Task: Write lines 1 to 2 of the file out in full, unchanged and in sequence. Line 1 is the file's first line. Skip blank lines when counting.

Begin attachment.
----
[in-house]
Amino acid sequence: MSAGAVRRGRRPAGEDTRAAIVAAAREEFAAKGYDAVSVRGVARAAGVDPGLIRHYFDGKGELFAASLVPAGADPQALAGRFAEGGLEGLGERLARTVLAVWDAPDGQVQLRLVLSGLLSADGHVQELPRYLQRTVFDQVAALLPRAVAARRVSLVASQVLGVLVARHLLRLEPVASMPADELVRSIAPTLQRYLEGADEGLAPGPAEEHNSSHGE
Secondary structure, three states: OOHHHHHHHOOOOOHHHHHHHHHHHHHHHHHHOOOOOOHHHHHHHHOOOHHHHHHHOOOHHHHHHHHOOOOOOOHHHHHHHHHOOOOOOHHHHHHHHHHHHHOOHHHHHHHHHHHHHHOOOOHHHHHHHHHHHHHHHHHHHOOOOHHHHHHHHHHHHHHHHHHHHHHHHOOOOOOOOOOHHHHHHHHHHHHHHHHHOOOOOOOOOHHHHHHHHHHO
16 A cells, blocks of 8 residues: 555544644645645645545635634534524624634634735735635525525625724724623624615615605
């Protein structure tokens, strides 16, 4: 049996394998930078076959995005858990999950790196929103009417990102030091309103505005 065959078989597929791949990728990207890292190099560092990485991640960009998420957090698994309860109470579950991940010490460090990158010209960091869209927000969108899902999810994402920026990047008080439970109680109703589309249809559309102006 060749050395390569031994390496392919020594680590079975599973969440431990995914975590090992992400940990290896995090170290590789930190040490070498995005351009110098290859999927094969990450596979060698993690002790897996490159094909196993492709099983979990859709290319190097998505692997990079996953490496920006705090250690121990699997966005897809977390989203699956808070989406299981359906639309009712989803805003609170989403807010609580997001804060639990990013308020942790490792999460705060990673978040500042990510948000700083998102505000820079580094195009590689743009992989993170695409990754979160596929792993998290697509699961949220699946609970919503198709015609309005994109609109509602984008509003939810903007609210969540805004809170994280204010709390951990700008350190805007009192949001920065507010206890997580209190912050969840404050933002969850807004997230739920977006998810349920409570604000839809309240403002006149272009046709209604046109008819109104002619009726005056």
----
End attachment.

[in-house]
Amino acid sequence: MSAGAVRRGRRPAGEDTRAAIVAAAREEFAAKGYDAVSVRGVARAAGVDPGLIRHYFDGKGELFAASLVPAGADPQALAGRFAEGGLEGLGERLARTVLAVWDAPDGQVQLRLVLSGLLSADGHVQELPRYLQRTVFDQVAALLPRAVAARRVSLVASQVLGVLVARHLLRLEPVASMPADELVRSIAPTLQRYLEGADEGLAPGPAEEHNSSHGE